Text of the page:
4. Jlindo

    Jlindo Member

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  5. joeinslw

    joeinslw Member

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    #25 joeinslw, May 18, 2018
    Last edited: May 18, 2018
    Yes but the report went on to say that she touched the brake pedal seconds before the crash canceling any automatic response the car may have done by itself, she was to busy looking at her phone before the crash.

    "Tesla issued a statement saying the company makes it clear Autopilot is not meant to serve as self-driving technology and that drivers must remain engaged with the vehicle at all times. The car was programmed by the driver to travel at 60 mph. The driver finally touched the brake pedal "a second prior to the crash."

    If all of this info holds up, it would make the accident her fault because the instructions say to keep your hands on the steering wheel and your eyes on the road at all times, even if autopilot is engaged.
     
  6. Barklikeadog

    Barklikeadog Active Member

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    If you read paragraph 4, section F on page 16,920 of the owners manual, it specifically states that AEB only functions on Thursdays, in clear weather, during a non-leap year, between 15 and 22.7mph, and is not able to detect emergency vehicles. In section G it states that the driver is at fault for any Tesla system that fails to work as advertised.
     
  7. Electroman

    Electroman Supporting Member

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    My AP never had trouble stopping for stopped cars upto 45mph.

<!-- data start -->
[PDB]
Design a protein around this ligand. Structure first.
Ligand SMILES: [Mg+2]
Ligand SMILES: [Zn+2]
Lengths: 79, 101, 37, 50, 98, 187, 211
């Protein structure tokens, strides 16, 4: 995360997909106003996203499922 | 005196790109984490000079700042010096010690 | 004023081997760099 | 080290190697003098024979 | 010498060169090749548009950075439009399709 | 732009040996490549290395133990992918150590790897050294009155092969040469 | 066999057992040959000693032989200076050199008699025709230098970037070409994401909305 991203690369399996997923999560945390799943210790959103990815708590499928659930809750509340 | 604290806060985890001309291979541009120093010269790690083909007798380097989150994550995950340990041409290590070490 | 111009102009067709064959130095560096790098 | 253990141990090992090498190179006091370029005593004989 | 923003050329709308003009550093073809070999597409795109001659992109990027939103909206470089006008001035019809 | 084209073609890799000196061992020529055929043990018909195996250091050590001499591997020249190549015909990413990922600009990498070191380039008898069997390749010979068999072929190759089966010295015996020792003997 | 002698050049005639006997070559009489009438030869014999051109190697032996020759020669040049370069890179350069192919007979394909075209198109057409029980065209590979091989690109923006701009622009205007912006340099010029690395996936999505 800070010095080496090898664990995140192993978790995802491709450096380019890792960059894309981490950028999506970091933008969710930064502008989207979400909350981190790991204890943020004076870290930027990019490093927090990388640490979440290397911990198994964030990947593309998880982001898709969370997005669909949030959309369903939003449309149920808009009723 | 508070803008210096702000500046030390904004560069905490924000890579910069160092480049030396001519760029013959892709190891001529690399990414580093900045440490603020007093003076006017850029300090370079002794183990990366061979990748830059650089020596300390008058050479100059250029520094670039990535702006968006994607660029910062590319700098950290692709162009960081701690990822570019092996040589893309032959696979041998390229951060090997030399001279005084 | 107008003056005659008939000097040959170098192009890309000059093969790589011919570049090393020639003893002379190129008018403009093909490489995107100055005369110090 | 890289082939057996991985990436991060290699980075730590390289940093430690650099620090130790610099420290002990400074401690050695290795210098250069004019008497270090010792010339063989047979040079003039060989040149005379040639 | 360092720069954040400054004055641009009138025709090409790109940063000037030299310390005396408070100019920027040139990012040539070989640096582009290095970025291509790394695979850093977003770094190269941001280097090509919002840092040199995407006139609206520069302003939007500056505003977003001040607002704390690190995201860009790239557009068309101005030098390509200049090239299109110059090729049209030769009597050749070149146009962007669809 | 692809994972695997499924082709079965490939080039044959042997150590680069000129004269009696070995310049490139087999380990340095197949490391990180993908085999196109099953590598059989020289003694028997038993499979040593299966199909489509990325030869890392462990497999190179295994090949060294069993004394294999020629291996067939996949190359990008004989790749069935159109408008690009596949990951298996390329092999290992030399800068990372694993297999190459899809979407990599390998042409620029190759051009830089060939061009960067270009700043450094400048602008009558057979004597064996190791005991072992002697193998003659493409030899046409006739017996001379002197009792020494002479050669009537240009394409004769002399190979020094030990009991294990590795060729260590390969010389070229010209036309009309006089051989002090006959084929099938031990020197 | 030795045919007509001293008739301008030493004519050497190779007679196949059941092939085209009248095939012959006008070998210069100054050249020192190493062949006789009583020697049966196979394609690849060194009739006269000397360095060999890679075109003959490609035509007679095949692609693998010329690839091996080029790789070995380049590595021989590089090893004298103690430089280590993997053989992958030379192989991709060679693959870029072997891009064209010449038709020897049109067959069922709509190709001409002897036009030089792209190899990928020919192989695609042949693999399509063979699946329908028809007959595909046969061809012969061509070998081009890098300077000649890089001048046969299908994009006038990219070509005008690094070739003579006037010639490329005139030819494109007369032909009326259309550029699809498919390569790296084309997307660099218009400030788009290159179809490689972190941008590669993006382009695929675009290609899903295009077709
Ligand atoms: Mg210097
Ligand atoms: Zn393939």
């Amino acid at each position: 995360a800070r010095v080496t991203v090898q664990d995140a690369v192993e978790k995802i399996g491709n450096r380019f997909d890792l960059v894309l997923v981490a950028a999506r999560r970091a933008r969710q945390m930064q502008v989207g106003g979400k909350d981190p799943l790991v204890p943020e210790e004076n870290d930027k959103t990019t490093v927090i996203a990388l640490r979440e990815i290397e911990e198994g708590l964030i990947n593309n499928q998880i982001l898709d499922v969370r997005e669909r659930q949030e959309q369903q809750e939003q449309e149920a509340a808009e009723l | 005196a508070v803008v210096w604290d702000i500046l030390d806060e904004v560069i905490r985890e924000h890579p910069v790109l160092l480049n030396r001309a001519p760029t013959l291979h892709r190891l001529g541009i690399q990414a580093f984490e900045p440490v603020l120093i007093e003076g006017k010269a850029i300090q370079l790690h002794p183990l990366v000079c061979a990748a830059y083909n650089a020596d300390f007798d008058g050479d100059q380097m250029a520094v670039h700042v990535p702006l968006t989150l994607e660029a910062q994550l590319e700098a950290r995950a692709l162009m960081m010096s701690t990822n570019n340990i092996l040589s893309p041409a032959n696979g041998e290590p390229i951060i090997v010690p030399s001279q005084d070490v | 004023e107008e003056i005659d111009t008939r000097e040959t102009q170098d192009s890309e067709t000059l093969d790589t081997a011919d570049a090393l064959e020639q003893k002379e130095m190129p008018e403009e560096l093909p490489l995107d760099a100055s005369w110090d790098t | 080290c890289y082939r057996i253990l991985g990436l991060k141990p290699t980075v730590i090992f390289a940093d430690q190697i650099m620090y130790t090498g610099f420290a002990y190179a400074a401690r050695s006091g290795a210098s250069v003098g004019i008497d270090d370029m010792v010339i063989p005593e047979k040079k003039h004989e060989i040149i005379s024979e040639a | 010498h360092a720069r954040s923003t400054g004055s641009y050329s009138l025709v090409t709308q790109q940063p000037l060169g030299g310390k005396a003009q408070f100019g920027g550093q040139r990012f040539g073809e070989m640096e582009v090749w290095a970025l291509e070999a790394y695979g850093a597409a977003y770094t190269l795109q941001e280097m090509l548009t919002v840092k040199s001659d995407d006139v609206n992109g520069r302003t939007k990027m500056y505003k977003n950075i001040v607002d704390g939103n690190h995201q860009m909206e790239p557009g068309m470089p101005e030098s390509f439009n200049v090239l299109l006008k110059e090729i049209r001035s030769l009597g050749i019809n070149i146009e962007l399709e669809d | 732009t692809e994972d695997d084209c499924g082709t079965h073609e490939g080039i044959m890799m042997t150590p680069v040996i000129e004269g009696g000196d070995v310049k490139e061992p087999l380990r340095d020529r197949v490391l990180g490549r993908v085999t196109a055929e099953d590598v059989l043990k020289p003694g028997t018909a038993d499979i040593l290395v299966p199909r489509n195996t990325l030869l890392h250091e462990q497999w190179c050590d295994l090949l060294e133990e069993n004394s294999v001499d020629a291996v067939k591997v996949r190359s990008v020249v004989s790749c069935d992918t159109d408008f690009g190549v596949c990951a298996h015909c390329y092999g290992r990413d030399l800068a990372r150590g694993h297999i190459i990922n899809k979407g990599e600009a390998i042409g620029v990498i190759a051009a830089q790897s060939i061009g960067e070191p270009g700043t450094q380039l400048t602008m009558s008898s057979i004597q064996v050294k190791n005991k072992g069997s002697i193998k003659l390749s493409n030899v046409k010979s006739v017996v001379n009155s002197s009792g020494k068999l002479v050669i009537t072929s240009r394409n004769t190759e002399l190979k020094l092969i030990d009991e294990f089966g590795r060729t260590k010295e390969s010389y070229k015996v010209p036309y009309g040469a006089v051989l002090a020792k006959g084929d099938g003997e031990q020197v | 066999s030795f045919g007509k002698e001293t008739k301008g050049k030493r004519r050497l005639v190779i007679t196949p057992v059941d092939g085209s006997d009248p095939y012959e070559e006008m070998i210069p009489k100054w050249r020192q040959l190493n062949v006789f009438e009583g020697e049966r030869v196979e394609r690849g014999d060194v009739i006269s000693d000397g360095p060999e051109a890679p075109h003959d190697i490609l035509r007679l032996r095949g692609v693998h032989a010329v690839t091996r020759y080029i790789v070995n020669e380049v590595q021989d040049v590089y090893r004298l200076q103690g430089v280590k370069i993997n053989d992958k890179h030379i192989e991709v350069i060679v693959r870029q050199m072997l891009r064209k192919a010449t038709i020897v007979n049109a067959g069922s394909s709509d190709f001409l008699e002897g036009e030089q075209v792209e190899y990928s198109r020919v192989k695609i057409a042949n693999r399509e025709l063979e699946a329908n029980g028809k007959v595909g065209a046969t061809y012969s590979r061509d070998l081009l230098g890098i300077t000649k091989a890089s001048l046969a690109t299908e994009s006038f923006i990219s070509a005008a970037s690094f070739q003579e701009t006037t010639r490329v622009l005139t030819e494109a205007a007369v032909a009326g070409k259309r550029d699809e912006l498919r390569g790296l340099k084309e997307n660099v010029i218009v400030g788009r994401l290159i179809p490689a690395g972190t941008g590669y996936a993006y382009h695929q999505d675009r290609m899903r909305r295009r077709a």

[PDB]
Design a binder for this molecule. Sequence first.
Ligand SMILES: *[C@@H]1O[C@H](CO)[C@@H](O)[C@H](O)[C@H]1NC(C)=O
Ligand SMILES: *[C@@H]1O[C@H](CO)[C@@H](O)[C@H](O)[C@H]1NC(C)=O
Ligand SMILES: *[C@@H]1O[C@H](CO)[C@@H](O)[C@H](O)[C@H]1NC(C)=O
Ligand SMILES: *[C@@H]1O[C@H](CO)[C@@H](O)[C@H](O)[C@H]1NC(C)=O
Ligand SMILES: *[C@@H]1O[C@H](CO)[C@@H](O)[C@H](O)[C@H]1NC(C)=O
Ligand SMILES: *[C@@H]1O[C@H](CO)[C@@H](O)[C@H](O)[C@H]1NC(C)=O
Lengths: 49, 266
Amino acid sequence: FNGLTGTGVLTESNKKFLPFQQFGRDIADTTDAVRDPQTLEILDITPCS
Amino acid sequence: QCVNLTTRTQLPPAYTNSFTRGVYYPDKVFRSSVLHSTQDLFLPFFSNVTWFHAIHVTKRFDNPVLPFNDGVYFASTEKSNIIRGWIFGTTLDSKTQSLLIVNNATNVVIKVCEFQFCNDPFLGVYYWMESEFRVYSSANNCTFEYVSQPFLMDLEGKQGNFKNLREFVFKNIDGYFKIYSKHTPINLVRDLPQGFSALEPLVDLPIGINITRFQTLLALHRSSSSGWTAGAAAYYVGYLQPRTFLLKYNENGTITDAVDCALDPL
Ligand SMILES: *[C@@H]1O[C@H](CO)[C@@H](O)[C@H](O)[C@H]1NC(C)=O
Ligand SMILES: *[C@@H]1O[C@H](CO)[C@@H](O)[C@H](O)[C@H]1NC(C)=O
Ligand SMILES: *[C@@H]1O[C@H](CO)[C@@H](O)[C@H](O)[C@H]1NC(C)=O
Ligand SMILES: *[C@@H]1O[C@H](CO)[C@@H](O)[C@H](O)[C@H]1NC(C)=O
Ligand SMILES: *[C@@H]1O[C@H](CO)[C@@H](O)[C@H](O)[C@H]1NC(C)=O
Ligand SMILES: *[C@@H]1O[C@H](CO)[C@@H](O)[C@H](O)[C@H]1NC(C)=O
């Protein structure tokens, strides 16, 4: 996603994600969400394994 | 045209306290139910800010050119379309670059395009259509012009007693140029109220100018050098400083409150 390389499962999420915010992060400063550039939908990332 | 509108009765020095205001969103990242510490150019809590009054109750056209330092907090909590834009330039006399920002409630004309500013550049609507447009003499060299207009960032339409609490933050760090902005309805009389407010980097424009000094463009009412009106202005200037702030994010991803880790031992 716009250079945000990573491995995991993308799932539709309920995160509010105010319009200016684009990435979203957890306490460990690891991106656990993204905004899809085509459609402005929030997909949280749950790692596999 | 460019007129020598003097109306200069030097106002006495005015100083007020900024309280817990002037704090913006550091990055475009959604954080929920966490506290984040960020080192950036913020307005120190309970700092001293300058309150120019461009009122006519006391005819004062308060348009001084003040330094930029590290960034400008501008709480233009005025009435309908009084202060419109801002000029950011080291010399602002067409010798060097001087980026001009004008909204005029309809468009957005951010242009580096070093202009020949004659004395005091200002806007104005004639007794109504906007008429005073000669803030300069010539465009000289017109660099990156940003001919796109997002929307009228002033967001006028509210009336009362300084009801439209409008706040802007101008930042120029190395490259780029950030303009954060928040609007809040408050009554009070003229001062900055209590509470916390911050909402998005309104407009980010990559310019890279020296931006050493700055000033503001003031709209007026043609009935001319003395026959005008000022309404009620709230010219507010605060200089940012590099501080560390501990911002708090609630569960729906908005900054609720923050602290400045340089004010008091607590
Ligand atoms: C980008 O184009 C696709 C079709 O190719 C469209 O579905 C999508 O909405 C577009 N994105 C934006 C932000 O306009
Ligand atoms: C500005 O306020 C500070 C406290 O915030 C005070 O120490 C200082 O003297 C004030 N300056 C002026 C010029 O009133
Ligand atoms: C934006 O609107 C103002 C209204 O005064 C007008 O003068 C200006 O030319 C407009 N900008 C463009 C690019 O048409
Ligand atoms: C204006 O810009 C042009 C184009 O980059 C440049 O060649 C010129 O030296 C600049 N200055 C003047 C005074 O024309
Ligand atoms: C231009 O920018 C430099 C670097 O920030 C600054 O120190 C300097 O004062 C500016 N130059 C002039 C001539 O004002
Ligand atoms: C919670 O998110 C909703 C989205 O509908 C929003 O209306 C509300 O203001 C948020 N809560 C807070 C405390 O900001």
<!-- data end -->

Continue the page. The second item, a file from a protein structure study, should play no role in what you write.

I have never tested it at higher speeds as I always reduce AP max speed to atleast 45 if I am going higher.

    For the most part it detects the stopped cars comfortably early.
     
  8. joeinslw

    joeinslw Member

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    If you take the time to read the actual report you will read that she hit the brake pedal "fractions of a second" before the crash, that would have canceled any action the car was going to take if she just sat there.
    The part that astounded me was that because of the crash she only broke her right ankle, instead of her neck, or her cell phone screen which she was staring at, at the time of the crash.
     
  9. Barklikeadog

    Barklikeadog Active Member

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    Yea sure, and all of those people who were injured or died due to Takata airbags are at fault because they were irresponsible enough to be in an accident in the first place.
     
  10. X Fan

    X Fan Supporting Member

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    FWIW:

    I’m not sure there is a vehicle out that when traveling at a high rate of speed and following behind a vehicle that darts quickly to next lane can successfully brake to avoid hitting a stopped object...ie a fire truck.